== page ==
British authorities have rounded up scores of "immigrant offenders" in a nationwide operation condemned as racist, launched days after the government began telling illegal migrants to “go home or face arrest”.

The Home Office, which has responsibility for immigration, was widely criticised on Wednesday for the spot-checks at stations and on streets in areas including London, Durham, Manchester, Wales and Somerset leading to the arrest of 139 people. 

The home office's official Twitter account trumpeted the success, created a new hashtag #immigrantoffenders, and published pictures of the spot-checks.

But Twitter was filled with protests and comments condemning the operations, which many witnesses said specifically targeted ethnic minorities and non-white people.

The UK government's 'go home' campaign.

Witnesses who saw spot-checks in London claimed that immigration officers stopped only non-whites, and became aggressive when challenged.

Phil O’Shea told the Kilburn Times: “They appeared to be stopping and questioning every non-white person, many of whom were clearly ordinary Kensal Green residents going to work. When I queried what was going on, I was threatened with arrest for obstruction and was told to ‘crack on’.”

The spot-checks come days after a widely derided poster campaign telling illegal immigrants to "go home of face arrest".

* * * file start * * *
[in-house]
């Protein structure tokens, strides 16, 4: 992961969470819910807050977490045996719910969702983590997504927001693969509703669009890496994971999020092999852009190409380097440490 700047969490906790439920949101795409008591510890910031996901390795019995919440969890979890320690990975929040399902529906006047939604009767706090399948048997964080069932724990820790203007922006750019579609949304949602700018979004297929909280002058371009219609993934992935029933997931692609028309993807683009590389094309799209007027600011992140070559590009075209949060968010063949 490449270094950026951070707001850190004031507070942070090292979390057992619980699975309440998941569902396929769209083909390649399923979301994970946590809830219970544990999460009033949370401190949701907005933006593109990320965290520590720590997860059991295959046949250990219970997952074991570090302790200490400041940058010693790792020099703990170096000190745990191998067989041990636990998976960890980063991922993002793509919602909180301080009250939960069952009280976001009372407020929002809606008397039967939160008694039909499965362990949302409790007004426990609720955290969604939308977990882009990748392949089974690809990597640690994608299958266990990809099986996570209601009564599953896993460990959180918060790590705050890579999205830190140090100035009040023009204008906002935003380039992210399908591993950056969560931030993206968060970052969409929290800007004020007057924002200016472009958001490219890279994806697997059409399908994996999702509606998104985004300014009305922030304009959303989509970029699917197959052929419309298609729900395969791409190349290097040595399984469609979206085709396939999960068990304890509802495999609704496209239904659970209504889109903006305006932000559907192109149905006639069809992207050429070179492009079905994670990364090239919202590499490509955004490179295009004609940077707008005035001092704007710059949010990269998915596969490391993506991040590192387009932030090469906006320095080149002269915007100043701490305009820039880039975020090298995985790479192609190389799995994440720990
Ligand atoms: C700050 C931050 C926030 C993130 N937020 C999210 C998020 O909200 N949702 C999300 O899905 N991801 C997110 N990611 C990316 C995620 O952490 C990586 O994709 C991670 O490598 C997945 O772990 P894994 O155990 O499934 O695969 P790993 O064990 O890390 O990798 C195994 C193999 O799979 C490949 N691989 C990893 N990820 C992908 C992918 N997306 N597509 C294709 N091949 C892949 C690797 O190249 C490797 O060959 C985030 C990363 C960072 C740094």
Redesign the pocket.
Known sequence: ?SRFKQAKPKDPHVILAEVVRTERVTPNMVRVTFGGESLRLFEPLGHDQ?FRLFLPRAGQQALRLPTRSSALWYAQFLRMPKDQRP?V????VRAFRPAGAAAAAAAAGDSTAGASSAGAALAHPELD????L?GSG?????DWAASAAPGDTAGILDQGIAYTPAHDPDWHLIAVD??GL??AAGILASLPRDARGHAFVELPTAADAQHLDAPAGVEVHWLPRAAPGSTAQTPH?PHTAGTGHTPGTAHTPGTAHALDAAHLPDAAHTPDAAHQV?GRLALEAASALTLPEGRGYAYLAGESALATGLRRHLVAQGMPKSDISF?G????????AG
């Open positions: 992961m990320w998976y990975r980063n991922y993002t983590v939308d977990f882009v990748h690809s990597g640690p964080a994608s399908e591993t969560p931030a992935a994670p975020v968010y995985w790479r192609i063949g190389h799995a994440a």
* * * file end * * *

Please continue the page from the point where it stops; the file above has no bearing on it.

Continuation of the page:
The poster boards have been driven around cities in an effort, the government says, to encourage those in the UK illegally to come clean.

The opposition Labour MP Barry Gardiner has written to the home secretary, Theresa May, demanding an investigation into a campaign which he said violated “fundamental freedoms”, the Independent newspaper reported. 

“We do not yet live in a society where the police or any other officers of the law are entitled to detain people without reasonable justification and demand their papers,” Mr Gardiner wrote. “The actions of your department would however appear to be hastening us in that direction.”

Heavy penalties

The Home Office said the spot checks were designed to send a message to employers who exploited "illegal labour and to people who are in the UK illegally".

It gave the nationalities of some of those arrested: A Ukrainian woman, an Indian man aged and a Brazilian woman were arrested at Kensal Green in North-West London.

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It said those arrested were being questioned, and those who have no right to be in the country would be removed. Employers would face a fines the equivalent of up to $15,000.

Immigration Minister Mark Harper said: "We are sending a clear message to employers who choose to use illegal labour. We will find you and you will pay a heavy penalty.

"Illegal working undercuts legitimate businesses and is often linked to exploitative behaviour such as tax evasion and harmful working conditions.

"We will not allow the growth of a shadow economy for illegal migrants."

Source: Al Jazeera